6 Old-Fashioned Games That Can Teach Kids About Money

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Like many parents, you might be struggling to help your child with math. Luckily, there are some games that make teaching kids math and money concepts easy.

Some of the best games became popular decades ago. Just because they came out before you were born doesn’t mean they’re not useful for your kids. In fact, the reason they’re still around is probably because of how effective they are. Let’s take a look at some of the best games from yesteryear that can teach kids about money. 

Pay Day

Originally hitting shelves in 1975, this board game imitates a real life pay cycle aimed at kids ages 8-12. The board looks like a calendar month and, as players go along, they receive regular paychecks while incurring bills and expenses.

The winner is decided by whoever has the most savings at the end of the game. Though it sounds dry, the game actually makes bills fun by giving kids a competitive reason to save more than their peers. Pay Day teaches kids the importance of savings and effectively mimics how money works in the real world. 


Monopoly is a classic game to show kids how far their money can go. The original version came out in 1937, but there have been many updates and themes to make the game current and appealing to today’s players.

In case you haven’t played, each player starts with a set amount of money and rolls dice to travel around the board. Players can buy and trade property. When other players land on properties, they have to pay rent to the owner.

Make Your Money Work for You

The winner is whoever is left standing without ever filing for bankruptcy. Monopoly is notoriously a long game, so another way to find a winner is to count whoever has the most money after an hour. If your kids are between 4 and 7, Monopoly Jr. is a fun, easy (and faster) way to teach the same concepts as regular Monopoly.  


Life, or The Game of Life as it was originally called, has origins as far back as 1860. Like the title suggests, the game takes players through “life” with events that either cost or deliver cash. Players choose whether they go to college or go to work, what their careers are going to be and what kind of houses they can afford.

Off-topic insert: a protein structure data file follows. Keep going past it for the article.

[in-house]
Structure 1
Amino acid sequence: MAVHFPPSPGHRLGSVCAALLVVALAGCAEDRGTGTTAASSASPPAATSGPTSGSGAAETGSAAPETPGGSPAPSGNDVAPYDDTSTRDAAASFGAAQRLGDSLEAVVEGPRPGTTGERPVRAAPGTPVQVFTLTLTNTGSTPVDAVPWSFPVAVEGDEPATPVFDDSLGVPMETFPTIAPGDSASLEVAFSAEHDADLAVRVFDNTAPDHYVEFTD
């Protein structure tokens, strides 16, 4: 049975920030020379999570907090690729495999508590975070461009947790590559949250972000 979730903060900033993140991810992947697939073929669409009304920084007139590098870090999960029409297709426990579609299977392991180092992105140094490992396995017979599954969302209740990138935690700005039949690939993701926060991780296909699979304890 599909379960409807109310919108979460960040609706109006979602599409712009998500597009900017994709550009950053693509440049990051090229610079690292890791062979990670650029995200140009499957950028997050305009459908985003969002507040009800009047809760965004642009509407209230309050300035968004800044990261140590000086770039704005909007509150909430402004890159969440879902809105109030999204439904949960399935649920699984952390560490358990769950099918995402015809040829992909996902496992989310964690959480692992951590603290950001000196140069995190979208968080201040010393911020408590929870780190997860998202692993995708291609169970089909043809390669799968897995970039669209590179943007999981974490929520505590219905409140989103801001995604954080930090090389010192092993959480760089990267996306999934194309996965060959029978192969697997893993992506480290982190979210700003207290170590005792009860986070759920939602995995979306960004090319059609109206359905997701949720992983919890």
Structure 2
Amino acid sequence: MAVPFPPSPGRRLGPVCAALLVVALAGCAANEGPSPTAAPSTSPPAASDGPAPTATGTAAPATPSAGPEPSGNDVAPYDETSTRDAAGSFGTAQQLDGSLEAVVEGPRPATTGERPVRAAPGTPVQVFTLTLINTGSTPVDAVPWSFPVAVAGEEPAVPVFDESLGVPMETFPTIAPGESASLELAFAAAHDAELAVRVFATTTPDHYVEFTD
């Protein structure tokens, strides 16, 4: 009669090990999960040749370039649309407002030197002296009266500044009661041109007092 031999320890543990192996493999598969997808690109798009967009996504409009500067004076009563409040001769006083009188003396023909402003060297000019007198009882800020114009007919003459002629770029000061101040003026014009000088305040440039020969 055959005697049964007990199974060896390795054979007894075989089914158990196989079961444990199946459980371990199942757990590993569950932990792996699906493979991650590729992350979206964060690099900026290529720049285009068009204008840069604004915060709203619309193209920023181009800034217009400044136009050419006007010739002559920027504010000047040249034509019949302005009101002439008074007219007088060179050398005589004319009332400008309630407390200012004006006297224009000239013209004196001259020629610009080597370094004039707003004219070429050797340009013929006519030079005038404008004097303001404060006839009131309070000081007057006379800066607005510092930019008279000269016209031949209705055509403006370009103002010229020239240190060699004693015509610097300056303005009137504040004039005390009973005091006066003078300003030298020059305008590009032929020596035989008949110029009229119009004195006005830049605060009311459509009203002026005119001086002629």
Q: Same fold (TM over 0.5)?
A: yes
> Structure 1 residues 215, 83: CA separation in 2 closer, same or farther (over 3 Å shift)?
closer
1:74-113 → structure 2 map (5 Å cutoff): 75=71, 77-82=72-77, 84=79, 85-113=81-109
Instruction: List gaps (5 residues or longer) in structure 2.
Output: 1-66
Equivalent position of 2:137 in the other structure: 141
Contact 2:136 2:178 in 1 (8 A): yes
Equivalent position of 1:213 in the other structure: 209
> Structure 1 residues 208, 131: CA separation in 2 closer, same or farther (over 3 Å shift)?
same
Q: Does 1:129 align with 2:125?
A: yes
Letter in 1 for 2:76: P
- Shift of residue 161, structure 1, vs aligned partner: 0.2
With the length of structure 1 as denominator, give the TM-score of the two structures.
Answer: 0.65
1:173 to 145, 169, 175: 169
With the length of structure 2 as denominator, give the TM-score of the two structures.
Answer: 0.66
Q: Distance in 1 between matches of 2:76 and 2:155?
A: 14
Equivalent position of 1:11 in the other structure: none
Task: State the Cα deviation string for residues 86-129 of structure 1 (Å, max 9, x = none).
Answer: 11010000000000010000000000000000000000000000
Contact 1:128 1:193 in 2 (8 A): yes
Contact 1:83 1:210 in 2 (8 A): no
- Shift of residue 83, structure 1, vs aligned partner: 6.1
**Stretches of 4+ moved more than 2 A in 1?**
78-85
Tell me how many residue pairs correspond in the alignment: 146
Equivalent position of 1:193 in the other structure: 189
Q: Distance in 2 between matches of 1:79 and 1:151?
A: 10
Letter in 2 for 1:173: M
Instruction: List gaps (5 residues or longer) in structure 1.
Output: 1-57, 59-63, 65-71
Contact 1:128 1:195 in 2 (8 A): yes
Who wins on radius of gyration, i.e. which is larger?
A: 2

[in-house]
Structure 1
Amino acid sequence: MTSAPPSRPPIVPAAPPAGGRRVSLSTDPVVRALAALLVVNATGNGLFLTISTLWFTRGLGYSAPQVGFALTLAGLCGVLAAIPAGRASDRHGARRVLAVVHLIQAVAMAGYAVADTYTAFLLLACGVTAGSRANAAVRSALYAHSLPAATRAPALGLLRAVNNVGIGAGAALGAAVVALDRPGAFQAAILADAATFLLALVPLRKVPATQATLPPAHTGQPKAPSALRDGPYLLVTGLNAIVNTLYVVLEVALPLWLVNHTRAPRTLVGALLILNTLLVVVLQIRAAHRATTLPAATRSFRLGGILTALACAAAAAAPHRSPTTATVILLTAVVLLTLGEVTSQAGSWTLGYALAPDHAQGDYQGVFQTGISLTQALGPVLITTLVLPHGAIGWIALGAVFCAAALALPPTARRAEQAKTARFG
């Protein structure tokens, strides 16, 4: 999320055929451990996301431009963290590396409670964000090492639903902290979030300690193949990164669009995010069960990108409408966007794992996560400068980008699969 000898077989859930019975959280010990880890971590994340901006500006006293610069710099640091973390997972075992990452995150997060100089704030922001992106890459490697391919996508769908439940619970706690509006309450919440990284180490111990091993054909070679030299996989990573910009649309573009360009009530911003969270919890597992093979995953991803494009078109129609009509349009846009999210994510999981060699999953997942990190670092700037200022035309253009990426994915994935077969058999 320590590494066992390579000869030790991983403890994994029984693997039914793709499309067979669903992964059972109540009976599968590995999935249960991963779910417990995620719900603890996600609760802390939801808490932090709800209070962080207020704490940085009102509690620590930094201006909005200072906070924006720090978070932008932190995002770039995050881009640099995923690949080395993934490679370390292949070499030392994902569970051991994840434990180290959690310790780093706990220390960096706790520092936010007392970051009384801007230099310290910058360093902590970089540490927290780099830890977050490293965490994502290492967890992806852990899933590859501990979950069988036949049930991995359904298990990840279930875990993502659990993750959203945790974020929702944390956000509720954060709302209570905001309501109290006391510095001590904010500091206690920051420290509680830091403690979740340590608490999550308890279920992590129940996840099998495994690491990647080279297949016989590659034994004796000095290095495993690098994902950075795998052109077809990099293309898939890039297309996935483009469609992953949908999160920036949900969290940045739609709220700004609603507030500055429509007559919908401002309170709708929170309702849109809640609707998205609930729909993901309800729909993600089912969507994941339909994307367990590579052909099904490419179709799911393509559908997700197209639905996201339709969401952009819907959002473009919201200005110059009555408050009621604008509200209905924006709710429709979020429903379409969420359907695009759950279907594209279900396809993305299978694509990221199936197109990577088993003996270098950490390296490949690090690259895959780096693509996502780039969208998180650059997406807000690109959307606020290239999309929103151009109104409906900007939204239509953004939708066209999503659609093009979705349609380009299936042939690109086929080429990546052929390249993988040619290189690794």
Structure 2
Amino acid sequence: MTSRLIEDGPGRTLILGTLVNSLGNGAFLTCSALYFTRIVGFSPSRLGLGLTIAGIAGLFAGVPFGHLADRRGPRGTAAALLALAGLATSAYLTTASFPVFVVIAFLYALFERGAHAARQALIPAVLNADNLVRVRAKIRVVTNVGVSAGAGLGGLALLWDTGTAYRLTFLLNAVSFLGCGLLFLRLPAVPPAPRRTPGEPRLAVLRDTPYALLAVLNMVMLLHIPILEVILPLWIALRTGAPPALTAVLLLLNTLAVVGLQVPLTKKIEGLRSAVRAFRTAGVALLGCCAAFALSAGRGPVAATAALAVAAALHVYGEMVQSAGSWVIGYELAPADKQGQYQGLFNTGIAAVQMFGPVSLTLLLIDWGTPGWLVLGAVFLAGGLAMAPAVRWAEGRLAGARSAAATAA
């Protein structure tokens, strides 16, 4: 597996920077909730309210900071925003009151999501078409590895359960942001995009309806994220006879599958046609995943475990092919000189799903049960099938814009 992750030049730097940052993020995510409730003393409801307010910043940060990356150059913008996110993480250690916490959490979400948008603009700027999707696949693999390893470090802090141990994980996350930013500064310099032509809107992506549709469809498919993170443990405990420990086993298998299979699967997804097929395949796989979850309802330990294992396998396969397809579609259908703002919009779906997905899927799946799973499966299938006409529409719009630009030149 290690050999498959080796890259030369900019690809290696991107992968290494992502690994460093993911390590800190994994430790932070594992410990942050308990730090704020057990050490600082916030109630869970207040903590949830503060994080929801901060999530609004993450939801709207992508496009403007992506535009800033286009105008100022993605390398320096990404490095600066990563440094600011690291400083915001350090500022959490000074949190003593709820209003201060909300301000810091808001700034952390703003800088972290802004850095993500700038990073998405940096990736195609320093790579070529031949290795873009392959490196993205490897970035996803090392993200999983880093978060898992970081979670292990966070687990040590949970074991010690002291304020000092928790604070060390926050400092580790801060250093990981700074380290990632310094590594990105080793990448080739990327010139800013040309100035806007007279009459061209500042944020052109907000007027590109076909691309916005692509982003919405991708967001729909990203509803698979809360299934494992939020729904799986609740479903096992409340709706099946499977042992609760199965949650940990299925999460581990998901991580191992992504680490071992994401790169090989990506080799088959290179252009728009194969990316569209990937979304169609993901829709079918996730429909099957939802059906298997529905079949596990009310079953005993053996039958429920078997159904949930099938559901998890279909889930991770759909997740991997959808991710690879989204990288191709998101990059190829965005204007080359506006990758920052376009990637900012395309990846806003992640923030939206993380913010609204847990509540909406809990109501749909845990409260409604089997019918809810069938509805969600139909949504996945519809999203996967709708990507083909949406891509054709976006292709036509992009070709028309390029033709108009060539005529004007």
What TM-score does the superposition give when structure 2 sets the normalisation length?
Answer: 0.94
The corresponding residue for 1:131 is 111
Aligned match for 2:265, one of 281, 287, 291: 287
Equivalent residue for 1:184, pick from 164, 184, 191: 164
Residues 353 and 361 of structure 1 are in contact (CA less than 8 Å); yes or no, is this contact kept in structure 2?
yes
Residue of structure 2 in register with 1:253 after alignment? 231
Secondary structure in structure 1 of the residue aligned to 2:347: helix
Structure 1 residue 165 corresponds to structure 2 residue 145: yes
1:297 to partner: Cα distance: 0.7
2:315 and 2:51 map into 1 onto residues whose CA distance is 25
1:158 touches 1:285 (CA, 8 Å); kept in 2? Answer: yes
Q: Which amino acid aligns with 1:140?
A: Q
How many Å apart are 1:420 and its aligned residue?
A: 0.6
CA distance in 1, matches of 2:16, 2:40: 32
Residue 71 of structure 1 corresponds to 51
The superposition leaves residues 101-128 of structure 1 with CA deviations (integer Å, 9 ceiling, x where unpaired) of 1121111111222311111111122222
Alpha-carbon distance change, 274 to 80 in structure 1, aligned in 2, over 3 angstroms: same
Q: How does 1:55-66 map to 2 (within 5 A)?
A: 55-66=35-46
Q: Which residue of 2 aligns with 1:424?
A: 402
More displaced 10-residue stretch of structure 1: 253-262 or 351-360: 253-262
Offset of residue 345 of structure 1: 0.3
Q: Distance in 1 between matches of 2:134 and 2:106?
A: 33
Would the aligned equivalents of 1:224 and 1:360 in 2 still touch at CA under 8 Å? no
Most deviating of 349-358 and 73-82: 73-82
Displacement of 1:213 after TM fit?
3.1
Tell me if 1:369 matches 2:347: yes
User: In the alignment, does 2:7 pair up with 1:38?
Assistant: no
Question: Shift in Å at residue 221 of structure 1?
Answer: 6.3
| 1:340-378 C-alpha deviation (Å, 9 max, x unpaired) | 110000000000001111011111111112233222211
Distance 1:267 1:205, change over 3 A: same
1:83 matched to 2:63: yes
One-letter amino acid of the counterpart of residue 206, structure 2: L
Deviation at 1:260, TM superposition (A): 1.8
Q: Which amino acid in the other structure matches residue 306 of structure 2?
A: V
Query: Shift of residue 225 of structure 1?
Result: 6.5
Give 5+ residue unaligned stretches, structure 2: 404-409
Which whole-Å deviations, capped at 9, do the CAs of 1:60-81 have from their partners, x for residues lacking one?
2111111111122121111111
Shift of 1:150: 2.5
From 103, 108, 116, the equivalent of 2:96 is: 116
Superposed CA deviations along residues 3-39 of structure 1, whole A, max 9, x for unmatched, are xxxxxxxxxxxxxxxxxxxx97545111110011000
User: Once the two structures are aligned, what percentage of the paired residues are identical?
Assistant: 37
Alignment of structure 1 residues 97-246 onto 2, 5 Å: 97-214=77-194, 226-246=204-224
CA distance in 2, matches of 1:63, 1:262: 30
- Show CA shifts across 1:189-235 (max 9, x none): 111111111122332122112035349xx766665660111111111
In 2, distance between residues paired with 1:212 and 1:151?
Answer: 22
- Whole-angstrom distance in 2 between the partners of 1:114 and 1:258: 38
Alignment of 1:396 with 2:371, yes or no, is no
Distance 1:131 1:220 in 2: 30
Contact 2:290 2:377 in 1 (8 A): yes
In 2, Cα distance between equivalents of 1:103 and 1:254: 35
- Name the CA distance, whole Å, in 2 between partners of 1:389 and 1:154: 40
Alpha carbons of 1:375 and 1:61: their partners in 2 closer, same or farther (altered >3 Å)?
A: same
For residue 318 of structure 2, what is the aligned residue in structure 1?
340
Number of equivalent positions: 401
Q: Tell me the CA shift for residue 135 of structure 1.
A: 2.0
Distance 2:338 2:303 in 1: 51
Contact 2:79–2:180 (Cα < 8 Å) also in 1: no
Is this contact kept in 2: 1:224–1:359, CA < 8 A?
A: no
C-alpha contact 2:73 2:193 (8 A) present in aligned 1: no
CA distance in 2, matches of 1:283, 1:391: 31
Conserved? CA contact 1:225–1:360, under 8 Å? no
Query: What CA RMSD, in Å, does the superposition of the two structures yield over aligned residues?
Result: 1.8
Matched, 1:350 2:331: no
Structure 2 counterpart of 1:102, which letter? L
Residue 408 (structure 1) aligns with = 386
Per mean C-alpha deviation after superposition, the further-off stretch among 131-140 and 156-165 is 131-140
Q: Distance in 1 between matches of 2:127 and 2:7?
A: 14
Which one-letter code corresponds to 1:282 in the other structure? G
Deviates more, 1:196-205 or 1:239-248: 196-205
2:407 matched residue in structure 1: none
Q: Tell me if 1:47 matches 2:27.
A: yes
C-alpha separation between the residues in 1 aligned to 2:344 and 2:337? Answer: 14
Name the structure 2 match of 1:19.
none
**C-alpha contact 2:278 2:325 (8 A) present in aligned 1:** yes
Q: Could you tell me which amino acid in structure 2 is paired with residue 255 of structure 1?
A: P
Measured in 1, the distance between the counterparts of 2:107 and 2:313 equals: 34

Updated versions now include opportunities to invest money as well. The game shows kids a basic version of what it looks like to spend money as an adult, and what steps you can take to increase your cash flow. The game is recommended for anyone over the age of 8.

The Allowance Game

This board game has been teaching kids about managing money since 1979. This game really meets kids at their level. The goal is to do as many chores as possible to build up an allowance while avoiding things that make you lose allowance (like forgetting to do homework).

This shows kids 5-11 the value of building up savings, while teaching them how unexpected expenses can cost them. It also provides children a low-stakes version of what it’s like to manage their allowances; so, when it comes to the real thing, they’ll hopefully make smarter choices.

Make Your Money Work for You

The Stock Exchange Game

Get your kids started on that Wall Street life early. The game, which originally came out in 1987, is played a lot like Monopoly, but it focuses on stocks rather than properties. It’s recommended for players 10 years old and up.

The stock market still mystifies a lot of adults, so exposing your kids to the concept early on will get them familiar enough so that when they have the option to invest later in life, they’ll have a vague understanding of how the market works. 


Acquire gets into more detail on investing and running a business. Meant for mini-moguls 12 years and older, this game gives players the opportunity to buy and sell stock, businesses and other assets to build up their wealth.

The game originally came out in 1964 and has been updated to include startups and more sophisticated investing techniques. If your kids are already showing a lot of sharp understanding and interest in money management, this game will definitely take them to the next level. 

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